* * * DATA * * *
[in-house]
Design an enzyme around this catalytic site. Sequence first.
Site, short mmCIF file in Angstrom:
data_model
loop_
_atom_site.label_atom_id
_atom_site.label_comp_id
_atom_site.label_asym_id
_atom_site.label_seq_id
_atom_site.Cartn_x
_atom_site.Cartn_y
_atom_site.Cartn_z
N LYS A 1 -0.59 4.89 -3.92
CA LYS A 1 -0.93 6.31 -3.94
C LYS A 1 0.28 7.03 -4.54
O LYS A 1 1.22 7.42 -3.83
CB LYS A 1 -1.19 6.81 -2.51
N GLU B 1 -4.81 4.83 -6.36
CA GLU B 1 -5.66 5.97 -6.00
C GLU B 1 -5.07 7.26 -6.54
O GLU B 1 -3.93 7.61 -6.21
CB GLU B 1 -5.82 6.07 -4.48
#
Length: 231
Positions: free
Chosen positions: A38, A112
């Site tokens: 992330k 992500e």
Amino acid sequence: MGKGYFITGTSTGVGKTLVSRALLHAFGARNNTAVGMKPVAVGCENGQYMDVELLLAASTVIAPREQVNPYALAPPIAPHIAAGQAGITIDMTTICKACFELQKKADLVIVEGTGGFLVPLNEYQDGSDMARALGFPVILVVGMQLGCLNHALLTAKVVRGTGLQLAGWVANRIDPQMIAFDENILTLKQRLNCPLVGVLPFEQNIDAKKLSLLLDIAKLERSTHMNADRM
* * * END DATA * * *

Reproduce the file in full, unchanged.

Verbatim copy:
[in-house]
Design an enzyme around this catalytic site. Sequence first.
Site, short mmCIF file in Angstrom:
data_model
loop_
_atom_site.label_atom_id
_atom_site.label_comp_id
_atom_site.label_asym_id
_atom_site.label_seq_id
_atom_site.Cartn_x
_atom_site.Cartn_y
_atom_site.Cartn_z
N LYS A 1 -0.59 4.89 -3.92
CA LYS A 1 -0.93 6.31 -3.94
C LYS A 1 0.28 7.03 -4.54
O LYS A 1 1.22 7.42 -3.83
CB LYS A 1 -1.19 6.81 -2.51
N GLU B 1 -4.81 4.83 -6.36
CA GLU B 1 -5.66 5.97 -6.00
C GLU B 1 -5.07 7.26 -6.54
O GLU B 1 -3.93 7.61 -6.21
CB GLU B 1 -5.82 6.07 -4.48
#
Length: 231
Positions: free
Chosen positions: A38, A112
């Site tokens: 992330k 992500e």
Amino acid sequence: MGKGYFITGTSTGVGKTLVSRALLHAFGARNNTAVGMKPVAVGCENGQYMDVELLLAASTVIAPREQVNPYALAPPIAPHIAAGQAGITIDMTTICKACFELQKKADLVIVEGTGGFLVPLNEYQDGSDMARALGFPVILVVGMQLGCLNHALLTAKVVRGTGLQLAGWVANRIDPQMIAFDENILTLKQRLNCPLVGVLPFEQNIDAKKLSLLLDIAKLERSTHMNADRM